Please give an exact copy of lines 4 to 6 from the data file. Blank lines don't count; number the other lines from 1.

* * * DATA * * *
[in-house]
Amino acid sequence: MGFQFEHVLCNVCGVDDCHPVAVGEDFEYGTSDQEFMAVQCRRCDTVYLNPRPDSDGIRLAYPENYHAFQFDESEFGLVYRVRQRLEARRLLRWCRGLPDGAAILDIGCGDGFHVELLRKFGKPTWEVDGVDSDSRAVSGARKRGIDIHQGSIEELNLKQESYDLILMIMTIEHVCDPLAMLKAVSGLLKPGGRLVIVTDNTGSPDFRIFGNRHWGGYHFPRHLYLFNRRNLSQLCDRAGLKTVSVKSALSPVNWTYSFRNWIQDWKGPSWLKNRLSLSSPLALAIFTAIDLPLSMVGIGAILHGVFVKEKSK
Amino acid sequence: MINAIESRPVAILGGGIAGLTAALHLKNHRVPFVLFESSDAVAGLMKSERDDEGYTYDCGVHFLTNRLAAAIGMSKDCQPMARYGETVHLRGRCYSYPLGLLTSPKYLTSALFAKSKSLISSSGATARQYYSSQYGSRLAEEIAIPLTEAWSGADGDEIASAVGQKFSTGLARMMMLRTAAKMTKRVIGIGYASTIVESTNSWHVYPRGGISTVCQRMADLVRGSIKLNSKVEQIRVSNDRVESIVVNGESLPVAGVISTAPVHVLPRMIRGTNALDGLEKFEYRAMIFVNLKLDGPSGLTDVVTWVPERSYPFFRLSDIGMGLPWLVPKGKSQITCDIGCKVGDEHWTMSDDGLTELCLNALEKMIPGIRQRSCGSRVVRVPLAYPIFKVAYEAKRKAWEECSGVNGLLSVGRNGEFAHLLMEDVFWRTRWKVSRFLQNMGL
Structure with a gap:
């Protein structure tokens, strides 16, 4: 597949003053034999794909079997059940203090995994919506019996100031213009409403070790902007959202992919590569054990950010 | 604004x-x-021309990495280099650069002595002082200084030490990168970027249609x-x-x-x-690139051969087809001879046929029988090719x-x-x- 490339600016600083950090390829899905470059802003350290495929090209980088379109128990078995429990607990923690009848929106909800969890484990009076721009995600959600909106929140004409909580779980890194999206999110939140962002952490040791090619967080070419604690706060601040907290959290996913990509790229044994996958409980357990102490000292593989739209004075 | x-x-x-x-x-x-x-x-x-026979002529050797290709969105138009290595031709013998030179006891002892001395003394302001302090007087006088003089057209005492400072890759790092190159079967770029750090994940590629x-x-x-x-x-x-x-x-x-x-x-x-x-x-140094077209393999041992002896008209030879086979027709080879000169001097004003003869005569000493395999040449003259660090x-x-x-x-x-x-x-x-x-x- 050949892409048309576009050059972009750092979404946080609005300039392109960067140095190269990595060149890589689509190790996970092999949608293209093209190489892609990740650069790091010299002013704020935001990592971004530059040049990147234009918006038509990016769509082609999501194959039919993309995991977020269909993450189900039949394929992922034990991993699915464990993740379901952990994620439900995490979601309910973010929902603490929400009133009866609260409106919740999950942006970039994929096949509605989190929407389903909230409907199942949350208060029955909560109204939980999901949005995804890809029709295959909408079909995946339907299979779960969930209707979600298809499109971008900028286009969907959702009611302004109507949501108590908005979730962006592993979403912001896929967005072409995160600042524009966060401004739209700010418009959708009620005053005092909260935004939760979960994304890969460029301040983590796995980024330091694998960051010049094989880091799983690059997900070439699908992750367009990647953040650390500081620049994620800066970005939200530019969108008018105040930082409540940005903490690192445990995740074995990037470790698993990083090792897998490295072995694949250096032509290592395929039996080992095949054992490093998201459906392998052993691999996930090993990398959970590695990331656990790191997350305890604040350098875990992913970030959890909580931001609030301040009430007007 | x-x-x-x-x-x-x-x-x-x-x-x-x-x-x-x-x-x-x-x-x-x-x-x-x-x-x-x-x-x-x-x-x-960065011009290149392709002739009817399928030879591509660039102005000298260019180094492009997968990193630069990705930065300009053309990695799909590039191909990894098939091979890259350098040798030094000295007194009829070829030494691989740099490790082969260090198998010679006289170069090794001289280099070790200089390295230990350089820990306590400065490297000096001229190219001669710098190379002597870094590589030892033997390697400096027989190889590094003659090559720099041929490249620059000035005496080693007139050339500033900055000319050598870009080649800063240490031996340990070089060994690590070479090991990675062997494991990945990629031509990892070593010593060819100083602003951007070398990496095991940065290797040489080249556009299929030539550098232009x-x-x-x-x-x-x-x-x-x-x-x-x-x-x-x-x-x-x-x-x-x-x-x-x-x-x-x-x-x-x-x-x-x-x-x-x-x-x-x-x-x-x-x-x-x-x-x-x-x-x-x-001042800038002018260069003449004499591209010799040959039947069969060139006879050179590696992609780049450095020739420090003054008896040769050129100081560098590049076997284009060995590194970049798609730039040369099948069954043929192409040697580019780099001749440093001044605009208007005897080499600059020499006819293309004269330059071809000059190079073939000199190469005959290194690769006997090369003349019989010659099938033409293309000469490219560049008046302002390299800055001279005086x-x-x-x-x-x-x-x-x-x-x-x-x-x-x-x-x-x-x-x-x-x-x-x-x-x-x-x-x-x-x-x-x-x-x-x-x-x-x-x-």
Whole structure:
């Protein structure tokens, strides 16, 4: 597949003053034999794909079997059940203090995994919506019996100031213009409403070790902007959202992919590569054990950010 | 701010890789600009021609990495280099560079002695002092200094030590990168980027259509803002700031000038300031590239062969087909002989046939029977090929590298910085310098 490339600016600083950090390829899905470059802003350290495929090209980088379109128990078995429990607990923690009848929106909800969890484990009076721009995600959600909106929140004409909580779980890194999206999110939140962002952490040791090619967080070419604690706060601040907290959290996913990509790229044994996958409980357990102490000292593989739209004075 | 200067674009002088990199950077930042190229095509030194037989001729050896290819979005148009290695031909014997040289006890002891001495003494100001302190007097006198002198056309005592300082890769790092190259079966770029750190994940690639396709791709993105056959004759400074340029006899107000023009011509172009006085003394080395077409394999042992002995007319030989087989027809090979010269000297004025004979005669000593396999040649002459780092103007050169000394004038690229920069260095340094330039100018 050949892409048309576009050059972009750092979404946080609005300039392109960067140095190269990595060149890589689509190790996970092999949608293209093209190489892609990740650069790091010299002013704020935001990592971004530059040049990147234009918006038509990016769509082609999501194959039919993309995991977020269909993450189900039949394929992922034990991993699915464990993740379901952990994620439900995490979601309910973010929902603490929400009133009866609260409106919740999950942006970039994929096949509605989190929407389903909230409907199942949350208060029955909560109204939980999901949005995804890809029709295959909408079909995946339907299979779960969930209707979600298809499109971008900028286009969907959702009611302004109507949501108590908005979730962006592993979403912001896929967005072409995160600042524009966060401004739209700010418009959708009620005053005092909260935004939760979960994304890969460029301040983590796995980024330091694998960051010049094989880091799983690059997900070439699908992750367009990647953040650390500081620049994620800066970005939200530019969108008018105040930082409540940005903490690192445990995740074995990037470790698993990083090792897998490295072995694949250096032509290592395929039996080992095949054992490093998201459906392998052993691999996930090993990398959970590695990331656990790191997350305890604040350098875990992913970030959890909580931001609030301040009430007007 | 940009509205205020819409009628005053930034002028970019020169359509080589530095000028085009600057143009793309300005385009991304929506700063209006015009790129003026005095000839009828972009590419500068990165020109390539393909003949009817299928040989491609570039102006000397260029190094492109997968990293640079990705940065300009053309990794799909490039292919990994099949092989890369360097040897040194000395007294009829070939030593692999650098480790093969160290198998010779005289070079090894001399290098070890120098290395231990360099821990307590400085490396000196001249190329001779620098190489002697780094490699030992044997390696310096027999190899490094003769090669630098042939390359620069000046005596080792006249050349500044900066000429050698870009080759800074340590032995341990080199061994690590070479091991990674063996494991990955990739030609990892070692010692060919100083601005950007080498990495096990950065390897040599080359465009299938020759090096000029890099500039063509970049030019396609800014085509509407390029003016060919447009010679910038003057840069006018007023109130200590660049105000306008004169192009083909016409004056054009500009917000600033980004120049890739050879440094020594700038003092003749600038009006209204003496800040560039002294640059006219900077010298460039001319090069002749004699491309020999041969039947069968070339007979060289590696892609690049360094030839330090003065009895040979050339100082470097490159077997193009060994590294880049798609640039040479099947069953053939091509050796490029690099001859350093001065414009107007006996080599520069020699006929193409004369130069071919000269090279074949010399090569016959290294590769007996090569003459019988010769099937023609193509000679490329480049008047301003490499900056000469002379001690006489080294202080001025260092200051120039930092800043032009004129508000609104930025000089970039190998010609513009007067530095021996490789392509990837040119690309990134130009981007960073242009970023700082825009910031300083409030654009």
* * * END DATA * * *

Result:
Structure with a gap:
């Protein structure tokens, strides 16, 4: 597949003053034999794909079997059940203090995994919506019996100031213009409403070790902007959202992919590569054990950010 | 604004x-x-021309990495280099650069002595002082200084030490990168970027249609x-x-x-x-690139051969087809001879046929029988090719x-x-x- 490339600016600083950090390829899905470059802003350290495929090209980088379109128990078995429990607990923690009848929106909800969890484990009076721009995600959600909106929140004409909580779980890194999206999110939140962002952490040791090619967080070419604690706060601040907290959290996913990509790229044994996958409980357990102490000292593989739209004075 | x-x-x-x-x-x-x-x-x-026979002529050797290709969105138009290595031709013998030179006891002892001395003394302001302090007087006088003089057209005492400072890759790092190159079967770029750090994940590629x-x-x-x-x-x-x-x-x-x-x-x-x-x-140094077209393999041992002896008209030879086979027709080879000169001097004003003869005569000493395999040449003259660090x-x-x-x-x-x-x-x-x-x- 050949892409048309576009050059972009750092979404946080609005300039392109960067140095190269990595060149890589689509190790996970092999949608293209093209190489892609990740650069790091010299002013704020935001990592971004530059040049990147234009918006038509990016769509082609999501194959039919993309995991977020269909993450189900039949394929992922034990991993699915464990993740379901952990994620439900995490979601309910973010929902603490929400009133009866609260409106919740999950942006970039994929096949509605989190929407389903909230409907199942949350208060029955909560109204939980999901949005995804890809029709295959909408079909995946339907299979779960969930209707979600298809499109971008900028286009969907959702009611302004109507949501108590908005979730962006592993979403912001896929967005072409995160600042524009966060401004739209700010418009959708009620005053005092909260935004939760979960994304890969460029301040983590796995980024330091694998960051010049094989880091799983690059997900070439699908992750367009990647953040650390500081620049994620800066970005939200530019969108008018105040930082409540940005903490690192445990995740074995990037470790698993990083090792897998490295072995694949250096032509290592395929039996080992095949054992490093998201459906392998052993691999996930090993990398959970590695990331656990790191997350305890604040350098875990992913970030959890909580931001609030301040009430007007 | x-x-x-x-x-x-x-x-x-x-x-x-x-x-x-x-x-x-x-x-x-x-x-x-x-x-x-x-x-x-x-x-x-960065011009290149392709002739009817399928030879591509660039102005000298260019180094492009997968990193630069990705930065300009053309990695799909590039191909990894098939091979890259350098040798030094000295007194009829070829030494691989740099490790082969260090198998010679006289170069090794001289280099070790200089390295230990350089820990306590400065490297000096001229190219001669710098190379002597870094590589030892033997390697400096027989190889590094003659090559720099041929490249620059000035005496080693007139050339500033900055000319050598870009080649800063240490031996340990070089060994690590070479090991990675062997494991990945990629031509990892070593010593060819100083602003951007070398990496095991940065290797040489080249556009299929030539550098232009x-x-x-x-x-x-x-x-x-x-x-x-x-x-x-x-x-x-x-x-x-x-x-x-x-x-x-x-x-x-x-x-x-x-x-x-x-x-x-x-x-x-x-x-x-x-x-x-x-x-x-x-001042800038002018260069003449004499591209010799040959039947069969060139006879050179590696992609780049450095020739420090003054008896040769050129100081560098590049076997284009060995590194970049798609730039040369099948069954043929192409040697580019780099001749440093001044605009208007005897080499600059020499006819293309004269330059071809000059190079073939000199190469005959290194690769006997090369003349019989010659099938033409293309000469490219560049008046302002390299800055001279005086x-x-x-x-x-x-x-x-x-x-x-x-x-x-x-x-x-x-x-x-x-x-x-x-x-x-x-x-x-x-x-x-x-x-x-x-x-x-x-x-």
Whole structure: